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Kim, T. (2020) Harmful Algal Blooms Associated with Volcanic Eruptions in Indonesia and Philippines for Korean Fishery Damage. Advances in Bioscience and Biotechnology, 11, 217-236. doi: 10.4236/abb.2020.115017.

1. Introduction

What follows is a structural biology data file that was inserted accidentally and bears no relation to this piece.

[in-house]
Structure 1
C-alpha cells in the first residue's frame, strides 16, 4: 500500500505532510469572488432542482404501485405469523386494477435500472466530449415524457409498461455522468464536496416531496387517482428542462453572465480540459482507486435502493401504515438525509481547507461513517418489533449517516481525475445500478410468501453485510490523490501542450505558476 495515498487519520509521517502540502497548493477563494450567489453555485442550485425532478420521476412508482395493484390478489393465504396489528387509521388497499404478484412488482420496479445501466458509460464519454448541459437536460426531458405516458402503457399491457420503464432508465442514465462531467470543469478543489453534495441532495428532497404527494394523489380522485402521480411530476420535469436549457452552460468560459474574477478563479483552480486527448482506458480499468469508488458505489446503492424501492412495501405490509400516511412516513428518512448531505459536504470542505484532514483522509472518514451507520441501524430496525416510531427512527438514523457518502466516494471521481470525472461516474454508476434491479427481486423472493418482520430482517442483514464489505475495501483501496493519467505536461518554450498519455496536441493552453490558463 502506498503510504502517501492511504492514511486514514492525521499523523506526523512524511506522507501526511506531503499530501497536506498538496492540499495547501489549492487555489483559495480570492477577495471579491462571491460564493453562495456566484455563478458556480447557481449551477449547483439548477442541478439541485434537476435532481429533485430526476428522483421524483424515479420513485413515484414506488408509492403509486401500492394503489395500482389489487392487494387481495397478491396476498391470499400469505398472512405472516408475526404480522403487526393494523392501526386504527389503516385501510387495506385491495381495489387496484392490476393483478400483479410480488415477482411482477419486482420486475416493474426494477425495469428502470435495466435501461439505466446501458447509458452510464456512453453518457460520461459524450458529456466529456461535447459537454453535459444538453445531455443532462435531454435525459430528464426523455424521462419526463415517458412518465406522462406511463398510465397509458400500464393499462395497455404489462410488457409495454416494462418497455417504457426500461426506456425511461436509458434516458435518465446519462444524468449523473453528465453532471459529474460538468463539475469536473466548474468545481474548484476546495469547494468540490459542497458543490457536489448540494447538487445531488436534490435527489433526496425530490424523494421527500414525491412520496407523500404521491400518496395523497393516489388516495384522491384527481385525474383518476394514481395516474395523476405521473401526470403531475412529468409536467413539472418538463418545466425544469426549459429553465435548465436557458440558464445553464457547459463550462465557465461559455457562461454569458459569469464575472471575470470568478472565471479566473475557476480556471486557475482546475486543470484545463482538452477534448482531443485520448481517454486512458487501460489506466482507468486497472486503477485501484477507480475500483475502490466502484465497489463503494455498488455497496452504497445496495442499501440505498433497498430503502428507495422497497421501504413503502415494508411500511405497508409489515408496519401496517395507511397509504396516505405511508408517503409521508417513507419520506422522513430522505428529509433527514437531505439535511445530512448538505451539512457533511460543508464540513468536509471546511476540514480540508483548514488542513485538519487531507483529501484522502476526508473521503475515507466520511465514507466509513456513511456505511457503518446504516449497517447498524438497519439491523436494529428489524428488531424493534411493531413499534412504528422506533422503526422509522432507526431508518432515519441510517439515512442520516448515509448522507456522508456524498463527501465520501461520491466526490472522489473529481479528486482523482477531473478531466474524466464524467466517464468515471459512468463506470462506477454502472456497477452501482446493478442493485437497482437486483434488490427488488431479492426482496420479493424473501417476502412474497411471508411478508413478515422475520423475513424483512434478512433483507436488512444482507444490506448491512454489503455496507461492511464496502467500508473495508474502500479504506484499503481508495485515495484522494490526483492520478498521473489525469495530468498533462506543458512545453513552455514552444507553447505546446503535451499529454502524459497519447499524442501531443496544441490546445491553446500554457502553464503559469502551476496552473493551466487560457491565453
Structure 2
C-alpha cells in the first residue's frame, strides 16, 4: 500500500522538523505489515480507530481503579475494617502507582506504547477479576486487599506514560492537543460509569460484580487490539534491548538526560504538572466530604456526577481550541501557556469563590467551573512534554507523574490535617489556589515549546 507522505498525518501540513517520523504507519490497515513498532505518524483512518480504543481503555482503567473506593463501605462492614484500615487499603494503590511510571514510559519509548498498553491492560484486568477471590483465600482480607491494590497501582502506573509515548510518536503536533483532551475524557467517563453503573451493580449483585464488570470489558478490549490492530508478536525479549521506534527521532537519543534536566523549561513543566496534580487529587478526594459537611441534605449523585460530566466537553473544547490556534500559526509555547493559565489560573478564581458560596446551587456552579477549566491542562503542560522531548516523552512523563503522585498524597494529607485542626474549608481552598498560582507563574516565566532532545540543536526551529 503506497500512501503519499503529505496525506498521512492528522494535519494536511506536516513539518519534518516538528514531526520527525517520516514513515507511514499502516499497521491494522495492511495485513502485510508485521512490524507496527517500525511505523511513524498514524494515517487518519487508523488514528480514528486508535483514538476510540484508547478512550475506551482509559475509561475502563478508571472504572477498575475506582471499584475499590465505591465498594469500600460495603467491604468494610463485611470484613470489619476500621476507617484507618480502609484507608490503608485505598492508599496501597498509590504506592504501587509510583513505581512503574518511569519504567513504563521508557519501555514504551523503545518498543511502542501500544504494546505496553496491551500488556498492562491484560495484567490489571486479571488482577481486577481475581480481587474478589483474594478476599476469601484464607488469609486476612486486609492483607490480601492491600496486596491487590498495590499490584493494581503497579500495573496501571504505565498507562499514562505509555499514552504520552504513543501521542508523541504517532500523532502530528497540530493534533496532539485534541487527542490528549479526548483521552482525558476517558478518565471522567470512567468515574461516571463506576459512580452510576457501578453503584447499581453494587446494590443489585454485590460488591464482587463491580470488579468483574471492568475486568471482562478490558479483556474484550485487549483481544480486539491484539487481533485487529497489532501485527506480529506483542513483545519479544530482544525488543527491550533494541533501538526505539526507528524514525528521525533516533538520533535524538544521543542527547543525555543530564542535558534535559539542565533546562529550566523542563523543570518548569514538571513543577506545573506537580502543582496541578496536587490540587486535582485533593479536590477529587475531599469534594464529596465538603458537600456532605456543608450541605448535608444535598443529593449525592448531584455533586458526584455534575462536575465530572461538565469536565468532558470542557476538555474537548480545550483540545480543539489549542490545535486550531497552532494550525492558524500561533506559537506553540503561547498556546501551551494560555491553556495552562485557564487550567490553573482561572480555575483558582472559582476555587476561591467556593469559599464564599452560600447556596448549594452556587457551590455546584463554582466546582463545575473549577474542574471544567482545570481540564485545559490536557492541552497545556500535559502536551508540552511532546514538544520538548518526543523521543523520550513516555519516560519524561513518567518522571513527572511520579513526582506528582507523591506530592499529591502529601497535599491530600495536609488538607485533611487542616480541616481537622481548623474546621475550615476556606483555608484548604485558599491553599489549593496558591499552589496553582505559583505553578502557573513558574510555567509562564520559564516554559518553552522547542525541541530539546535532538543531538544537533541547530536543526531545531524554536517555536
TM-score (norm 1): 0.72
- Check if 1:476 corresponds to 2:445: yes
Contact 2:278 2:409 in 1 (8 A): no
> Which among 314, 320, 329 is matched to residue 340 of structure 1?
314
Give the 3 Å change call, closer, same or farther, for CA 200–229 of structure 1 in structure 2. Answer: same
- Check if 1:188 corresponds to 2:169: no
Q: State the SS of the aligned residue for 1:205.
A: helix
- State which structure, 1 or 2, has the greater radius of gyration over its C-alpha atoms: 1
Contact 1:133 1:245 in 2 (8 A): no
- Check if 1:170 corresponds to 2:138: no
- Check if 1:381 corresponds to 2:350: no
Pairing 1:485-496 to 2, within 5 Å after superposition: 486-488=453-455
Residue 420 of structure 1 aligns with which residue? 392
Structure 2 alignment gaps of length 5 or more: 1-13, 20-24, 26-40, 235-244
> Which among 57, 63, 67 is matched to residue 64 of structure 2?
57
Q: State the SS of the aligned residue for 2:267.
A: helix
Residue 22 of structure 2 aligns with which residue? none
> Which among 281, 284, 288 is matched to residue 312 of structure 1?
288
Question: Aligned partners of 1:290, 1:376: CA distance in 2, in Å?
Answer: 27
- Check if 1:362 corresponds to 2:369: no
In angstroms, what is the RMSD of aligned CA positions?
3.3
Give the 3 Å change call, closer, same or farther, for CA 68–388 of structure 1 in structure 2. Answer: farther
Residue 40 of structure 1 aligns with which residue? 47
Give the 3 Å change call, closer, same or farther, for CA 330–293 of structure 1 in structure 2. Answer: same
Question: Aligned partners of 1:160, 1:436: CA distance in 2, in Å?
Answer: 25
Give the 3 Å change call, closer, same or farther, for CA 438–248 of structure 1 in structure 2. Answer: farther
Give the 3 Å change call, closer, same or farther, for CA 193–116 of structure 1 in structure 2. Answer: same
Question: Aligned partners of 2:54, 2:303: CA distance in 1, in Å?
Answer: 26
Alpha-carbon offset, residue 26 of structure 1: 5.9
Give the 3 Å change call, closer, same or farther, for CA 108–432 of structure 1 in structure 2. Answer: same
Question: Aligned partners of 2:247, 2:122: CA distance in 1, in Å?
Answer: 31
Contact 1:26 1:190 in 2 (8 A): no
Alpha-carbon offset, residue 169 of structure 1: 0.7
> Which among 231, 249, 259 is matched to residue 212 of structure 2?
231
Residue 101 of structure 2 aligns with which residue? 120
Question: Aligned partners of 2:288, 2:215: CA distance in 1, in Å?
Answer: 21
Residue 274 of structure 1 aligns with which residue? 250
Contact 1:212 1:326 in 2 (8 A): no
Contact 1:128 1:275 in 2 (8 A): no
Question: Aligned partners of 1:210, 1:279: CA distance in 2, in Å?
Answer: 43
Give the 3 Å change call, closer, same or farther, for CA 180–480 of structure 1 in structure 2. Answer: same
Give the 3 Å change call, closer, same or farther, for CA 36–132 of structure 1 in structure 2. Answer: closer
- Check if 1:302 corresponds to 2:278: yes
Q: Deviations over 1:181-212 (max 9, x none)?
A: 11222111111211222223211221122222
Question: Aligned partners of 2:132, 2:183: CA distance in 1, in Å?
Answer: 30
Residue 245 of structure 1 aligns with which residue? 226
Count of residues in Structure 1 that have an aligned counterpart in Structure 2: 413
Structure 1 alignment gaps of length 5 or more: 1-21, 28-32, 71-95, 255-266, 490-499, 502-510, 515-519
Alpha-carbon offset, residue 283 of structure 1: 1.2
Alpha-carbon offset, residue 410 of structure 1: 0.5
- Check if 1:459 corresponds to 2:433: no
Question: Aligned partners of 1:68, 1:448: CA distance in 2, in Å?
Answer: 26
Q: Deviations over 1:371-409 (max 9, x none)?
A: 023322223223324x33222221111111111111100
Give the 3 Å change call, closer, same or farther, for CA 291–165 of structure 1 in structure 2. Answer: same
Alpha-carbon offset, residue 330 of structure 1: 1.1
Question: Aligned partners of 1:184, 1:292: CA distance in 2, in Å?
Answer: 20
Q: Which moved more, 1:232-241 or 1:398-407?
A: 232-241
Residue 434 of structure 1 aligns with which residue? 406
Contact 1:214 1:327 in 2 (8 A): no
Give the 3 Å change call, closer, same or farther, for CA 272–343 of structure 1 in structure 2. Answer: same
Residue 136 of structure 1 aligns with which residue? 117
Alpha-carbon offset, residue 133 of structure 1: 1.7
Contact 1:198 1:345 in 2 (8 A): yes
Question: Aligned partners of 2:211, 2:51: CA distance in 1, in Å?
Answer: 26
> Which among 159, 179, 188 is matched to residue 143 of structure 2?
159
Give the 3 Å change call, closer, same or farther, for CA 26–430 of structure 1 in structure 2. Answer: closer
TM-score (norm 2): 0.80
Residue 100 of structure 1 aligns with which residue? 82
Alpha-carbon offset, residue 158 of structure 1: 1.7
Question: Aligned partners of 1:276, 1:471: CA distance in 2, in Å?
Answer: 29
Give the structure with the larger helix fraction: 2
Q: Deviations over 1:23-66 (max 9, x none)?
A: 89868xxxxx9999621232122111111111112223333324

Harmful algae have been the subject of scientific and societal interest for centuries. There are Harmful Algal Blooms (HAB) in seawater. This is because blooms of toxic dinoflagellates, which are known as “red tides”, cause a variety of deleterious effects on aquatic ecosystems. These include negative effects such as beach fouling, oxygen deficiency, clogging of fish gills, or poisoning of various organisms [1]. Red tides of Chattonella have killed fish on a large scale which has been recorded in Japan, China, USA (Florida), and South Australia while having done the same in Korenia brevis in Florida in 2018 [2]. Chattonella spp. has also been observed in Southeast Asia, New Zealand, Brazil and Europe (North Sea). Red tides of H. akashiwo accompanied by the death of salmon and yellowtail have occurred in Japan, Canada (British Columbia), New Zealand, Chile, and Scotland. The mechanism by which Chattonella spp. kills fish remains unclear, but suffocation due to gill tissue damage was the ultimate cause of fish death [3]. Kim [4] proposed that HAB occur only if the environmental factors such as light, nutrients, calm water surface layer, temperature, and pH could all simultaneously match with the requirements of the mineral ions supplied by the Asian dust as enzymatic cofactors for the rapid bio-synthesis of the macromolecules during HAB within a limited area. Kim [5] also showed the prevention of HAB by control of growth parameters including the iron (Fe) in global aeolian dust and water as the key initiator for HAB while sulfur compounds (S) (S, SO2, SO3, H2S, H2SO4, sulfates) from SO2 plumes during volcanic eruptions and volcanic ashes deplete Fe in the forms of iron sulfides (FeS/FeS2). Since 1880, El Niño events have occurred roughly every 2 - 7 years with no clear periodicity while the sunspot number changes through an average cycle of 11 years with 14 months standard deviation [6]. Higher Sea Surface Temperature (SST) anomalies were observed in El Niño years while cooler anomalies were seen during La Niña years. During El Niño years, the ocean becomes noticeably warmer and the air pressure is high with rainfall and flooding. El Niño years have a harmful effect on fish, birds, and any other species that live in or near the Pacific Ocean. La Niña is essentially the anti-El Niño. Instead of warm seawater and high air pressure, the seawater is cold and air pressure is low with drought conditions and cold weather. La Niña years often cause heavy snowfalls even in parts of the world far away from the Pacific [7]. Cochlonidium polykrikoides have caused great economic losses in the seawater of South Korea. Predicting the outbreak of Cochlonidium polykrikoides is thus important in minimizing fishery losses [8].